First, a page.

^
Keep New Times Free
4

I Fell Asleep During Lenny Kravitz

I’ve been to a lot of concerts in my life. I actually kept count in 2013, when I attended 126 shows. In all the concerts I've seen, I never once have fallen asleep. Until Wednesday night's Lenny Kravitz concert at Comerica Theatre. I dozed for awhile at Bonnaroo 2011 during G. Love and Special Sauce’s early afternoon set. But that was more of a wistful afternoon festival nap than totally zonking out because what's happening onstage is mind-numbingly boring.

That’s not to say Kravitz was bad, per se. His music was just so underwhelming that even played extremely well in a great-sounding room it literally was a snoozer — and not just for me. A friend I went with zonked for a bit, too, and so did one of the two other people in our almost entirely empty row. To us sleepers, the music was the plainest bar rock ever made.

Okay, that’s unfair. Foo Fighters' music obviously is the plainest bar rock of all time. But, seriously, nothing about the songs that Lenny Kravitz plays is engaging. Dude has an 11-piece band, and he put at least three people to sleep at his show!

However, just because the music isn’t particularly substantial does not mean I do not get why the man is an international icon. The only prettier man on Earth than him is Prince. I’m writing this as a straight cisgender male: I would consider a romp in the sack with Lenny, and I also feel safe in admitting a large part of why I chose to review the show was my hoping that he was going to do a second Lizard King impression.

Dude is 51 years old and he looks younger than I did at 17. He’s honestly so goddamn pretty that I am perfectly okay with the fact that the only reason he plays venues as big as Comerica Theatre is because he looks like he was chiseled out of stone. The man gave me feelings that I haven’t had since my girlfriend left me three weeks ago. 
I don't feel equipped to talk in depth about his music because I find it to be so uninteresting that "in depth" would be about as deep as a Dixie cup. The guy uses the word “love” a lot, his on-stage moves and his look somewhat resemble those of his high school classmate Slash, and his band sounds like a bunch of seasoned pros. Past that, I know what the rest of the country knows about him: He’s good-looking and well-endowed.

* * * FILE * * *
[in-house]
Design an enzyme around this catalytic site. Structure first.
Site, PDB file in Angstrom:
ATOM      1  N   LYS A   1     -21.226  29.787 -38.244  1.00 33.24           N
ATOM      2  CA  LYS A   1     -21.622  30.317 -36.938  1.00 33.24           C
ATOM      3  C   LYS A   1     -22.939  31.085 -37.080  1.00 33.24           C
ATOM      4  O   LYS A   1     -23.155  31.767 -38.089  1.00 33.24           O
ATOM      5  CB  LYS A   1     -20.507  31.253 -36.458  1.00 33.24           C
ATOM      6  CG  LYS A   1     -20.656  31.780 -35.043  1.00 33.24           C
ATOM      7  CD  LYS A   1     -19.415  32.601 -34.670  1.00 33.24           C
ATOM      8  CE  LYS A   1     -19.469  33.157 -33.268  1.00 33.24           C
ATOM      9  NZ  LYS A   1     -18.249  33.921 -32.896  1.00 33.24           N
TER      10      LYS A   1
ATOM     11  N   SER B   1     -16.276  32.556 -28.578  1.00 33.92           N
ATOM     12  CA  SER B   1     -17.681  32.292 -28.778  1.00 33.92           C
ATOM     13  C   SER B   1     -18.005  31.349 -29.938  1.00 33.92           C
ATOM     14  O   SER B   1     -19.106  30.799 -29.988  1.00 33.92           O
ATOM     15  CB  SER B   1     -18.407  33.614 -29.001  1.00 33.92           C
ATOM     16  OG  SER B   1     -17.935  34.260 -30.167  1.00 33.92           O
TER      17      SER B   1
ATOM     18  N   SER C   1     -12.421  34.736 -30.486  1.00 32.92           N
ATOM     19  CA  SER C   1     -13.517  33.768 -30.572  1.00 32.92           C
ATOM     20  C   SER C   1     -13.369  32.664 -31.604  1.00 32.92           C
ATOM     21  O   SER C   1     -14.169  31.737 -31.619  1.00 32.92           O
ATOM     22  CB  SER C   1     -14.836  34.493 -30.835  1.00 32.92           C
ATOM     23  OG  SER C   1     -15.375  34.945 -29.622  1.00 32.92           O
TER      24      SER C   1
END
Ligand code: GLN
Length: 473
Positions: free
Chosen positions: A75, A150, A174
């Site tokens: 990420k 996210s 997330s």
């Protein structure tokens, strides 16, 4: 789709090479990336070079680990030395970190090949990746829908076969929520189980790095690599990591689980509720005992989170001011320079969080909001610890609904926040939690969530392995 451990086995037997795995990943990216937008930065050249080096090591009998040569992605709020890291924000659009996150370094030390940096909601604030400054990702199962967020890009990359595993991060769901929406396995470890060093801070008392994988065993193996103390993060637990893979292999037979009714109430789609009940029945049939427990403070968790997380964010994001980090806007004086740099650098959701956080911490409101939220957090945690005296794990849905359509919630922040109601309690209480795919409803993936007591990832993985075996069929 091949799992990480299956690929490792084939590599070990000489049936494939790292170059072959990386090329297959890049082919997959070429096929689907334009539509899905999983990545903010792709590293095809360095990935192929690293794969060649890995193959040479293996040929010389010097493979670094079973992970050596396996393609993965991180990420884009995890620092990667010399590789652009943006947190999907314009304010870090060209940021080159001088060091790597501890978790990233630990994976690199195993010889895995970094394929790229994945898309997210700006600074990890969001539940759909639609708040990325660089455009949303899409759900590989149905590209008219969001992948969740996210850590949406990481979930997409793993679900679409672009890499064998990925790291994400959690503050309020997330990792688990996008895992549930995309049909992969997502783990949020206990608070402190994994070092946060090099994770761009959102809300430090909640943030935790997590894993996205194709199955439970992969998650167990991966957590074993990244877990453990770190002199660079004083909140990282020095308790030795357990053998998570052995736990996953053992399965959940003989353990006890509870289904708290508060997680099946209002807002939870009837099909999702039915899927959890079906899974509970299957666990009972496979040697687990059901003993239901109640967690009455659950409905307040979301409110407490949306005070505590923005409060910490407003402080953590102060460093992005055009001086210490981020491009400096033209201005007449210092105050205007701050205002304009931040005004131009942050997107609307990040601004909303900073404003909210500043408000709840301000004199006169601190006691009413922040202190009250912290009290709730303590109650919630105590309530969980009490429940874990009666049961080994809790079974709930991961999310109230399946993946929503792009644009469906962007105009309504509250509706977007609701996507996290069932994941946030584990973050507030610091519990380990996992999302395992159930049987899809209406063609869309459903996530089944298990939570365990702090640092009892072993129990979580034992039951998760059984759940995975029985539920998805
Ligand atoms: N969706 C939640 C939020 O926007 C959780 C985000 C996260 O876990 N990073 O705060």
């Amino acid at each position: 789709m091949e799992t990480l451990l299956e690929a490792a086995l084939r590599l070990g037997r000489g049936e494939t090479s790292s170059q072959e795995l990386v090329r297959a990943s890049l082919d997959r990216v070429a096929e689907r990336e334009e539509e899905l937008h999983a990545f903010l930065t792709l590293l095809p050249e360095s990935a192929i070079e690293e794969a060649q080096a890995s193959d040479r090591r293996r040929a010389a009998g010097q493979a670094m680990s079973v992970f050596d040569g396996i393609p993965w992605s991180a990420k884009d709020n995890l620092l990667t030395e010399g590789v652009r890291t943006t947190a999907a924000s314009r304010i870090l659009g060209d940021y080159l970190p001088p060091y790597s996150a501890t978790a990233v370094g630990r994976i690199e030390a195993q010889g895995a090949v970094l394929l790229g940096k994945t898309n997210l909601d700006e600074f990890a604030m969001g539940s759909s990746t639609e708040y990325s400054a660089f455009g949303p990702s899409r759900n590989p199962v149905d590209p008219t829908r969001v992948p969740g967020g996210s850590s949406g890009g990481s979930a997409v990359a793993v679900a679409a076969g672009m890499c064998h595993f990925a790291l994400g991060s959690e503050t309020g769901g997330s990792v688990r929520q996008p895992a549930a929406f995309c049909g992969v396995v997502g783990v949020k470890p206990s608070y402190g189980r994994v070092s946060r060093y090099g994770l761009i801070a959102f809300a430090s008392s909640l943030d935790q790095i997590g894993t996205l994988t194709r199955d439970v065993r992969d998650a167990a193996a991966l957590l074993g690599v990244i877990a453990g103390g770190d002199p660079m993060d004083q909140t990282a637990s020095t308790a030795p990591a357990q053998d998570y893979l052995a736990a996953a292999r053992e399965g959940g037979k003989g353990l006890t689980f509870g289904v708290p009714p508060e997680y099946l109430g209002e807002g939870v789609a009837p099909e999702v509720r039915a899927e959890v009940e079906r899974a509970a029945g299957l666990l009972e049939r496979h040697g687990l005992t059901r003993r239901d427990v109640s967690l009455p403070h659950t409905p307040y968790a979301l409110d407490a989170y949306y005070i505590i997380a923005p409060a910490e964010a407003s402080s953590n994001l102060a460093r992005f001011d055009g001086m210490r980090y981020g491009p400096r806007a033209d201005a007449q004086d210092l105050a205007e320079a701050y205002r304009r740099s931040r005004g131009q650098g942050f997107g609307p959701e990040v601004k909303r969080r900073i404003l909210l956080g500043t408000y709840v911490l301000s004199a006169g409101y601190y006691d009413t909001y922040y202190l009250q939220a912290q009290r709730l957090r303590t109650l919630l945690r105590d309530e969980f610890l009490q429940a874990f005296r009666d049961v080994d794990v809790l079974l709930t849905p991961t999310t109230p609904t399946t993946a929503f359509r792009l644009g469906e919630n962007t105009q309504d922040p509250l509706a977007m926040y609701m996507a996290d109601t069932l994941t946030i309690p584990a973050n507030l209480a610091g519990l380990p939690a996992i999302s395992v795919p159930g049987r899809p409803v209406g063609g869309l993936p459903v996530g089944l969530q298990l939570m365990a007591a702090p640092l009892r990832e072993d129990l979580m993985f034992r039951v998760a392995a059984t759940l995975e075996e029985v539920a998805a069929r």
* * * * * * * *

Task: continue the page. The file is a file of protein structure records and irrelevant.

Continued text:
I Support
  • Local
  • Community
  • Journalism
  • logo

Support the independent voice of Phoenix and help keep the future of New Times free.

I don’t know what Lenny’s current single is (if he even has one). I know he closed with “Fly Away” before an encore of “Are You Gonna Go My Way,” two songs that helped launched his career throughout the ’90s. Otherwise, it just seemed like the same song about love and freedom and other super-basic, agreeable concepts played over and over.

One cool thing he did was take one of the longest walks out into the crowd that I have ever seen. He walked all the way up the stairs to the sound booth and even engaged with the people he could reach in the higher level.

But otherwise, the reason bar rock is bar rock is because it is mostly listened to in bars while people drink and chat with their friends while ignoring the music. That is the best use of Lenny Kravitz's music. 

Keep Phoenix New Times Free... Since we started Phoenix New Times, it has been defined as the free, independent voice of Phoenix, and we would like to keep it that way. Offering our readers free access to incisive coverage of local news, food and culture. Producing stories on everything from political scandals to the hottest new bands, with gutsy reporting, stylish writing, and staffers who've won everything from the Society of Professional Journalists' Sigma Delta Chi feature-writing award to the Casey Medal for Meritorious Journalism. But with local journalism's existence under siege and advertising revenue setbacks having a larger impact, it is important now more than ever for us to rally support behind funding our local journalism. You can help by participating in our "I Support" membership program, allowing us to keep covering Phoenix with no paywalls.

We use cookies to collect and analyze information on site performance and usage, and to enhance and customize content and advertisements. By clicking 'X' or continuing to use the site, you agree to allow cookies to be placed. To find out more, visit our cookies policy and our privacy policy.

 

Join the New Times community and help support independent local journalism in Phoenix.

 

Join the New Times community and help support independent local journalism in Phoenix.